Photo by John McMurray
Every now and then, my wife and I will be talking to someone who doesn’t fish. Upon learning that we do, and that we own a boat, a typical reaction is something like “That’s really nice. You don’t have to go to the store to buy fish.”
And one of us will respond with “No. And they only cost us about $200 per pound…”
While that $200 figure might be a little high, anyone who thinks that it’s typically cheaper to catch your own fish rather than buy them at the store is in for a big surprise. Between the price of the boat itself, plus dockage, fuel, maintenance, repairs, fishing equipment and perhaps bait and chum, recreational angling is not a low-cost endeavor.
For example, National Marine Fisheries Service (NMFS) figures tell us that, in 2016, striped bass anglers in the northeast and mid-Atlantic region made more than 5.8 million trips, and took home about 1.6 million striped bass. Thus, the average striped bass angler needs to go fishing, and incur the related expenses, three or four times to bring home a single fish. That’s not a very efficient way to feed the family.
Shore-based anglers might spend a lot less money when they go fishing, but they also catch a lot fewer fish. While such anglers account for about 32% of all striped bass trips taken, they harvest less than 4% of the overall recreational landings.
If we look at other popular species, the results are about the same. In the southeast, red drum anglers make about 3.5 million trips, and bring home about 1.3 million drum; Mid-Atlantic summer flounder fishermen do somewhat better, but still need more than 3.7 million fishing trips to land 2 million fish.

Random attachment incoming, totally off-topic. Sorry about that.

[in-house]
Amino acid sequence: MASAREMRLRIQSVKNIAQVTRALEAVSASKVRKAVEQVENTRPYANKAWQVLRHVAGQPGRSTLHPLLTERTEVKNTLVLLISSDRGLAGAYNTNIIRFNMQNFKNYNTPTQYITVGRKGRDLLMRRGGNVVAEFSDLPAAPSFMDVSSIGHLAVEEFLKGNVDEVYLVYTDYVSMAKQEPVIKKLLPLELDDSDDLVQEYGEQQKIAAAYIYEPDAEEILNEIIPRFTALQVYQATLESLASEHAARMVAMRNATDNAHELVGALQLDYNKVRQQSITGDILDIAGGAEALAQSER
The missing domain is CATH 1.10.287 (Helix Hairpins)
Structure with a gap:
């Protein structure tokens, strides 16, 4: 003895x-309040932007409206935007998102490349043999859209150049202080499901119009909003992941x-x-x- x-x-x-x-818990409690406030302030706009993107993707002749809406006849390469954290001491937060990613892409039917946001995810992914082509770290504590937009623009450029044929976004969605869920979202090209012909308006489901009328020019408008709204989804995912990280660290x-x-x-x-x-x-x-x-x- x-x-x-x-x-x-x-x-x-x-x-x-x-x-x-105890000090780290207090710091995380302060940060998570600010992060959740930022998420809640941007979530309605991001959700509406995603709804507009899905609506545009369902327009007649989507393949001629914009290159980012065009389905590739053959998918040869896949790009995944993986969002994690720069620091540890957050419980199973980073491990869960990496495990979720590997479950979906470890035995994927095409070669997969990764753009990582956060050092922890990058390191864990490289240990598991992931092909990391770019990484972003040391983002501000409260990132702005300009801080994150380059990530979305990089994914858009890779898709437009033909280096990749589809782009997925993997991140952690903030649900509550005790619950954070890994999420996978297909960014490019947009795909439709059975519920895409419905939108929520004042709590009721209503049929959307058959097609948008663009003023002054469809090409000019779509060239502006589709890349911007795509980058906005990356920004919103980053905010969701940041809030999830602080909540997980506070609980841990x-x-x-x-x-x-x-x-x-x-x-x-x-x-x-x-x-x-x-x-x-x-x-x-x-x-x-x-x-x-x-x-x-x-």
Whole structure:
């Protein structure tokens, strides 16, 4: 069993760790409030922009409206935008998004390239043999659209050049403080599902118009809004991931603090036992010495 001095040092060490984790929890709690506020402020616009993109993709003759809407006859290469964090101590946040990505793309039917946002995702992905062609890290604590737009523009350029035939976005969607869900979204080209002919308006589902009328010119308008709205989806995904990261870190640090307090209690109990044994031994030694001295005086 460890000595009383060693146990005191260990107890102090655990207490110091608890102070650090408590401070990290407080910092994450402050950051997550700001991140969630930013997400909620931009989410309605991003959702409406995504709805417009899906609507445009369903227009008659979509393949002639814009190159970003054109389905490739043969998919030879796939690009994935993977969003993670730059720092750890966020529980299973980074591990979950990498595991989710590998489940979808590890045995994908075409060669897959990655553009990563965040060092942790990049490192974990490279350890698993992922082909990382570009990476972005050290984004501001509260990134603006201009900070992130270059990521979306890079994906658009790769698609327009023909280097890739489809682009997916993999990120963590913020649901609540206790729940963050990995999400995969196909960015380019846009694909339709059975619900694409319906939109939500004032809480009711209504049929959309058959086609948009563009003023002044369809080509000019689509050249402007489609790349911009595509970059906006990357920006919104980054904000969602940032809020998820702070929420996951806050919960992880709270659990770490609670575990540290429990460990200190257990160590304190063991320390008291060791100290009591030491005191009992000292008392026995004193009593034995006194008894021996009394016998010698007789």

Thus, while most anglers probably do enjoy bringing fresh fish home from time to time, those fisherman will, in the end, pay more for such fish than they would have paid for fillets in a neighborhood store. Along most of America’s coasts, few anglers fish just to save money on seafood.
There are also a number of catch-and-release anglers who rarely bring fish home at all. Some like to catch fish, but don’t like to eat them. Some have conservation-related concerns. And others fish for species such as bonefish, tarpon and false albacore, which provide plenty of sport, but aren’t considered “food fish.”
Given such considerations, the question arises: Why do anglers fish, if not for food?
A recent NMFS study, described in a paper titled “Determinants of Saltwater Anglers’ Satisfaction with Fisheries Management: Regional Perspectives in the United States,” tries to answer that question.
To find such answers, researchers sent surveys to anglers located along the Atlantic, Gulf of Mexico and Pacific (including Alaska, but not Hawaii) coasts of the United States, and analyzed more than 9,000 responses.
Anglers were asked how important it was for them to 1) catch fish, 2) catch as many fish as possible for food, 3) catch and release as many fish as possible, 4) catch a trophy fish, 5) target a particular species, 6) catch a full bag limit of their chosen species, 7) fish close to parking lots, rest rooms and similar amenities, and 8) see regulations clearly posted when they go fishing.